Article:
Example of using Apache to fix Ipswitch IMail

Suppose we have an Ipswitch IMail server installed at IMAIL-SERVER-NAME, and it is using port IMAIL_SERVER-PORT to support web access to the mail boxes. This is generally used to allow folks to read their email while on travel.

One problem is that you may be trying to check your email from a browser (possibly located at a client office) that is behind a firewall that does not allow access to the port used by your IMail server.

Another problem is that IMail does not support https, so the mailbox passwords will be passed in the clear over the open internet, as will the entire content of the mail messages. This may expose a lot of stuff that would not be exposed if you read your mail from a normal client attached to your local network. The solution is to use https/SSL to encrypt all the communication between your browser and some machine on your local network.

Suppose you have a Linux/Apache box on the same local network as your NT IMail server. By adding

  RewriteRule ^/X(.*)         /mail/X$1 [PT]
  RewriteRule ^/login(.*)cgi$ /mail/login$1cgi [PT]
  ProxyPass        /mail  http://imail-server-name:imail-server-port/
  ProxyPass        /mail/ http://imail-server-name:imail-server-port/
  ProxyPassReverse /mail/ http://imail-server-name:imail-server-port/

we can now use https://apache-server/mail to talk SSL to the apache server on the standard https (443) port which all firewalls should support.. It will do the appropriate rewriting and pass the requests on to the NT IMail server on the nonstandard port. Note what we don't need to go thru a firewall on a nonstandard port. The communications between the Apache and IMail servers won't be encrypted, but that is on your local (presumably secure) network. The communication between your browser client and the Apache server runs over SSL, so the mailbox password and contents are not exposed to the open internet. Of course, mail that arrived from sources other than your local network have already traversed the open internet in the clear. This scheme cannot recover lost privacy - it can only preserve existing privacy.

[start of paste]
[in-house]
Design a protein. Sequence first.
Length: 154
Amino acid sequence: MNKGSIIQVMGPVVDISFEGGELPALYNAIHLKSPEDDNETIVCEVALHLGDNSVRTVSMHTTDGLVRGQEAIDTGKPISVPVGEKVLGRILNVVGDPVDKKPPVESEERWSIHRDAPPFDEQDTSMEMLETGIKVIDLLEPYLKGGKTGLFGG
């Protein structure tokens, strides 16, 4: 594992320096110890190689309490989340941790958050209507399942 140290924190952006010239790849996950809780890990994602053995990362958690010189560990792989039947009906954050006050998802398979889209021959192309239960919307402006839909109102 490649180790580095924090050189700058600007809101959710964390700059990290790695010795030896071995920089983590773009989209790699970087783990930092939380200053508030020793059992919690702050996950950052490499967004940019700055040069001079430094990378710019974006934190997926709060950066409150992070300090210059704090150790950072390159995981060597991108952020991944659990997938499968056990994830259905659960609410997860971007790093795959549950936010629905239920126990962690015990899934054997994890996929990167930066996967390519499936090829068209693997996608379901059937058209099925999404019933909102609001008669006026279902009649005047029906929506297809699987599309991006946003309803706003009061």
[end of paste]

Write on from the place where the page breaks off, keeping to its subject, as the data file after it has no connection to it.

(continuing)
Try doing that with MS IIS. I am sure it is possible with some custom ASP script, but I don't think it is as easy as those five config lines above.